Reverse ferrets were coming thick and fast a few weeks ago, and while the pace has slowed somewhat under the new prime minister, there are still changes being made as new government ministers get their feet under the table and tackle the job at hand. One of the latest question marks is the scrapping of the scrapping of the 300,000 homes target. I know, it’s confusing.
As prime minister, Liz Truss was less than thrilled with what she called “Stalinist” housing targets. But now, Michael Gove has recommitted to the target. Are we all keeping up?
Now I know that there is a shortage of housing supply in this country. But, and bear with me here, scrapping the target was no bad thing. Clearly, we have a problem in this country and we need a plan to get it resolved, but targets without a proper strategy will not lead us to the right end result.
Putting large targets and promises on housebuilding might be a vote winner (although I suspect the housing minister turbulence of the last decade has left many doubtful of any pledges), but the focus is too narrow. And a dogged focus only on the target will simply leave other holes in the system.
We don’t just need lots of new build homes on greenfield sites targeted at first time buyers, it’s a blinkered focus that ignores the bigger picture. Those houses, and houses for families, already exist. They are just being occupied by the wrong people; those who would love to move and can’t find appropriate housing to move into. Free up all those houses, and you bring much needed fluidity to the market.
A recent report from BNP Paribas Real Estate focused on the shortfall of senior living housing units – nearly half a million are needed to account for the lack of supply as it stands. And that doesn’t take into account the expected 31 per cent increase in over 65s over the next 15 years. Our ageing population is growing, but the current housing stock, or indeed the government’s plans for future housing stock, doesn’t make any note or provision for this changing shape of the population. Which is, quite frankly, astounding.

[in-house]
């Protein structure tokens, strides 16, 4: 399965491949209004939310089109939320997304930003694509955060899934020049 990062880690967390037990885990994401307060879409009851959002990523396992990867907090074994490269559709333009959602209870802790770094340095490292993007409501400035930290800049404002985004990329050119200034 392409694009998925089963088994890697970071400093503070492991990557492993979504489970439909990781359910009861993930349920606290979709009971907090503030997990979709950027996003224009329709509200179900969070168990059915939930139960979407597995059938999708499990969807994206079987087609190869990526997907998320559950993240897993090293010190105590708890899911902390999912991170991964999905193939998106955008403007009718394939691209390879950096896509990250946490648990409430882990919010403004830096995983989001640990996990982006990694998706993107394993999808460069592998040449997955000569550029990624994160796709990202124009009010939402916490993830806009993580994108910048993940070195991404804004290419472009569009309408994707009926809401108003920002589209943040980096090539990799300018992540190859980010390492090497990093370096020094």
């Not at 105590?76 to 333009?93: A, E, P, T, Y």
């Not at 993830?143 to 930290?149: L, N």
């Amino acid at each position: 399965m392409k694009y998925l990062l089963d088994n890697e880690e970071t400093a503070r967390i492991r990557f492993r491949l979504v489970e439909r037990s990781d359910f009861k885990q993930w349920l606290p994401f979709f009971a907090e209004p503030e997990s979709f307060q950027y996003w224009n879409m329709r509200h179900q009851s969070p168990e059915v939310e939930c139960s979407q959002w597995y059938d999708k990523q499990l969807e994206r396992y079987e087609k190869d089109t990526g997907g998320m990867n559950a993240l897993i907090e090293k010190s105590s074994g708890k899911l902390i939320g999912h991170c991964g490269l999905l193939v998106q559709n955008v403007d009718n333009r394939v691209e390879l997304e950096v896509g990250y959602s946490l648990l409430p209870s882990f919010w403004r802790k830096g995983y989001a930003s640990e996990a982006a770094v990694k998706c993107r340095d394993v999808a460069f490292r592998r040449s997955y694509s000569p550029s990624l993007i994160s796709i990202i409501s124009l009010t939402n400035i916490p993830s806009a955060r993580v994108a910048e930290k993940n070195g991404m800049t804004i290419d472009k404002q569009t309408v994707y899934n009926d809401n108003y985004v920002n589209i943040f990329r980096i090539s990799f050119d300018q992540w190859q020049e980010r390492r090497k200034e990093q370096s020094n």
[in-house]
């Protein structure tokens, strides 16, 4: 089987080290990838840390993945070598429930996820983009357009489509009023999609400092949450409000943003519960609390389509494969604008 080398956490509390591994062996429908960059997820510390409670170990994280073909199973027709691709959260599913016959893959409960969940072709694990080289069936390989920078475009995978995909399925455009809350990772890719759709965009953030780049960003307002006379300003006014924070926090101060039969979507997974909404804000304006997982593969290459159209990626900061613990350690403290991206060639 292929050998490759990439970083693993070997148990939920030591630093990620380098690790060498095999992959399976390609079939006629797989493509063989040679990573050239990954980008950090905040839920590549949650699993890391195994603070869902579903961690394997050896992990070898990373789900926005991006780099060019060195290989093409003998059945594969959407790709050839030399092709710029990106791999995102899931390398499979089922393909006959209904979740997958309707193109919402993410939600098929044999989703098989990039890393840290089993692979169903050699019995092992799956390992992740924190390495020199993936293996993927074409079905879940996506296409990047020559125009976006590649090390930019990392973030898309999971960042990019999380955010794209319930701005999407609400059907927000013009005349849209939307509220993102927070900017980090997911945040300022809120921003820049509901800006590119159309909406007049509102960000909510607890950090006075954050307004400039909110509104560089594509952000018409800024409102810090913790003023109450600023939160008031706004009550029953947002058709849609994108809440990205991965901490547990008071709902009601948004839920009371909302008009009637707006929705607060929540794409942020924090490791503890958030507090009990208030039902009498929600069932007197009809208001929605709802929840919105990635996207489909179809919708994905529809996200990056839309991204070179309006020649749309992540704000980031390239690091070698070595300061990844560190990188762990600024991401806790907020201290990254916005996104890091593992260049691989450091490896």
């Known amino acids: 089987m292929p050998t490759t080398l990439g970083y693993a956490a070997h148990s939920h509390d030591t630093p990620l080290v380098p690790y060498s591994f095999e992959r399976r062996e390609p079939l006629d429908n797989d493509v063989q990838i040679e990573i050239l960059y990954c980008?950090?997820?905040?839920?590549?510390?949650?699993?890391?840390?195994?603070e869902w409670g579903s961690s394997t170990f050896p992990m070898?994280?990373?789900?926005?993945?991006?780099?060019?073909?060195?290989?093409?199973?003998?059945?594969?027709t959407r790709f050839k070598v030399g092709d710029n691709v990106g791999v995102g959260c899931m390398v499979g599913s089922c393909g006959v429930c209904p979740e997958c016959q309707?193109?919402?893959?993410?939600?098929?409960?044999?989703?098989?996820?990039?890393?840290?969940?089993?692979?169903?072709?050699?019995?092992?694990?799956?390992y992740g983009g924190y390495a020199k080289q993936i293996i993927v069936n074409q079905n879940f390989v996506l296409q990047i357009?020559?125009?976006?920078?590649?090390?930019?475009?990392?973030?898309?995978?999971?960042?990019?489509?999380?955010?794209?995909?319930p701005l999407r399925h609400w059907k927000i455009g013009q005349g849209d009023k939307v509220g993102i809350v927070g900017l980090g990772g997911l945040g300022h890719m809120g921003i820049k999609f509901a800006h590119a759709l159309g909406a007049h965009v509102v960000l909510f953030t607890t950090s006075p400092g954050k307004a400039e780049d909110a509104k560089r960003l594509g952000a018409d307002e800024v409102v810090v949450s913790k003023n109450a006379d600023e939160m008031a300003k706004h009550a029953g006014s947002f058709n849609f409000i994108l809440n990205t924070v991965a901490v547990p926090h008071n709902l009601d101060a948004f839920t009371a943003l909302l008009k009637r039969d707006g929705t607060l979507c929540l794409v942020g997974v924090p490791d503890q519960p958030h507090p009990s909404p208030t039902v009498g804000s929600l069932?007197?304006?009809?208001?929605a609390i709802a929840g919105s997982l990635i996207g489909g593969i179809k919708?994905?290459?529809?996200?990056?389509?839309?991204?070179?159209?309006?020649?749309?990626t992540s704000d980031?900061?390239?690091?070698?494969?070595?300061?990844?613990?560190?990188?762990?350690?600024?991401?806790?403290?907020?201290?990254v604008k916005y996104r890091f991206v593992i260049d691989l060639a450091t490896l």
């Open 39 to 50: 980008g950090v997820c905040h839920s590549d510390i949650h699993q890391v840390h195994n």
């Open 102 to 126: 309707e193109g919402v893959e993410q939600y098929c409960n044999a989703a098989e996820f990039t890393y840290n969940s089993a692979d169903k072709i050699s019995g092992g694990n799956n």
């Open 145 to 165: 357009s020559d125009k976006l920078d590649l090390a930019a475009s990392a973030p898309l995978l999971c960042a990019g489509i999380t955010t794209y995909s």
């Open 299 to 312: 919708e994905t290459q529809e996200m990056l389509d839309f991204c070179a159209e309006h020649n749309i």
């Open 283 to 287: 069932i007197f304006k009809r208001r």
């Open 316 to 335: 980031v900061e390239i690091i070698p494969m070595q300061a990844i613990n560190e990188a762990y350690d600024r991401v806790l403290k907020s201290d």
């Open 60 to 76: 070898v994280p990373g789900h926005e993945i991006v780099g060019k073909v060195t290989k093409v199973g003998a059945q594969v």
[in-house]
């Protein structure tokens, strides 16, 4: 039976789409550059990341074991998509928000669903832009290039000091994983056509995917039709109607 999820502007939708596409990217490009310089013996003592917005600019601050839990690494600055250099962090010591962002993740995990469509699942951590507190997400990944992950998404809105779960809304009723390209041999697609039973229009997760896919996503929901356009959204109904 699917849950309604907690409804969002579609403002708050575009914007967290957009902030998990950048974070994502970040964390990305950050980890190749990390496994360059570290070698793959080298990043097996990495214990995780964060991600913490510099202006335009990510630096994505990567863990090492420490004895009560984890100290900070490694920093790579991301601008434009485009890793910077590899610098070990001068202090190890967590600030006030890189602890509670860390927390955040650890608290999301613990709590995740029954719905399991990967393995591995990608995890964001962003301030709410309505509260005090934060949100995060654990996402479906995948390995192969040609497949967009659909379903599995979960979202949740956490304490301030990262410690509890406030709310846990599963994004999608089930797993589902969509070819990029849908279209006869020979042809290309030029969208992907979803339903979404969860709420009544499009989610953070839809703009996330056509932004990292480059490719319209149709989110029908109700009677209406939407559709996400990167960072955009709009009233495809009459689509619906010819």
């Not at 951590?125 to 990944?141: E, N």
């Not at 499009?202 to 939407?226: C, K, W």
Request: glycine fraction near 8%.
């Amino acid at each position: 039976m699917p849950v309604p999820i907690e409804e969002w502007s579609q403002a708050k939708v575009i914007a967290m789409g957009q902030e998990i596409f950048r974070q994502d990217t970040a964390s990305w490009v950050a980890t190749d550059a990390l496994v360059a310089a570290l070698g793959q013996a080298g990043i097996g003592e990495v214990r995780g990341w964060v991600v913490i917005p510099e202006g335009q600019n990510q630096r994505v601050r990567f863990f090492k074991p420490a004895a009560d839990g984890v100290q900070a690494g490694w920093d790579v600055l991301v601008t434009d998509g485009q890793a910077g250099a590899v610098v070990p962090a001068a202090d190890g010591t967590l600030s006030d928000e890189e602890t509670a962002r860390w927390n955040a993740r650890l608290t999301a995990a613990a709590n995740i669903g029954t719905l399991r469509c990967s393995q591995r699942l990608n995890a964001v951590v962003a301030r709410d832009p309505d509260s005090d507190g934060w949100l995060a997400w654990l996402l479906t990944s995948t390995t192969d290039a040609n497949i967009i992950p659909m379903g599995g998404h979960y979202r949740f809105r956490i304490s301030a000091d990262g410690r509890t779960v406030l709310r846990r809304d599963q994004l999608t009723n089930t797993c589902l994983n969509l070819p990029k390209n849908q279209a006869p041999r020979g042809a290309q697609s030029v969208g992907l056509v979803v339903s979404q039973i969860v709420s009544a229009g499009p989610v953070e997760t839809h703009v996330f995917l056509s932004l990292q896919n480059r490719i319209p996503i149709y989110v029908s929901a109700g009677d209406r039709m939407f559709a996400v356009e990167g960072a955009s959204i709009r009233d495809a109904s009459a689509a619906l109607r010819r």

A focus on and commitment to specialist housing would meet the growing demand as well as flooding the market with hundreds of thousands of larger homes for families, which in turn would free up first time buyer properties. A positive for the entire market.
This might sound on the surface like it is simply about shifting focus, but that’s not the whole story. The benefit of prioritising specialist housing for older people, with care and facilities which prioritise wellness included in the offering, is manifold. It frees up houses. It takes pressure off the NHS and social care systems. And importantly, at a time of financial strain, it doesn’t need Treasury money to happen. Reforms to the planning laws to expedite the building of these retirement communities would do more to drive chains than anything from the Treasury coffers.
Our current political environment makes it near impossible to keep on top of what policies will be floated, proposed formally and, heaven forbid, actually taken forward. All that I can ask is that the powers that be at least consider a win where there is one. Simply building more of one type of house, even if it does meet the 300,000 target, which, let’s be clear, is unlikely, won’t solve the challenges of our housing stock.
And, if anything, it might mean at least one U-turn doesn’t make us dizzy.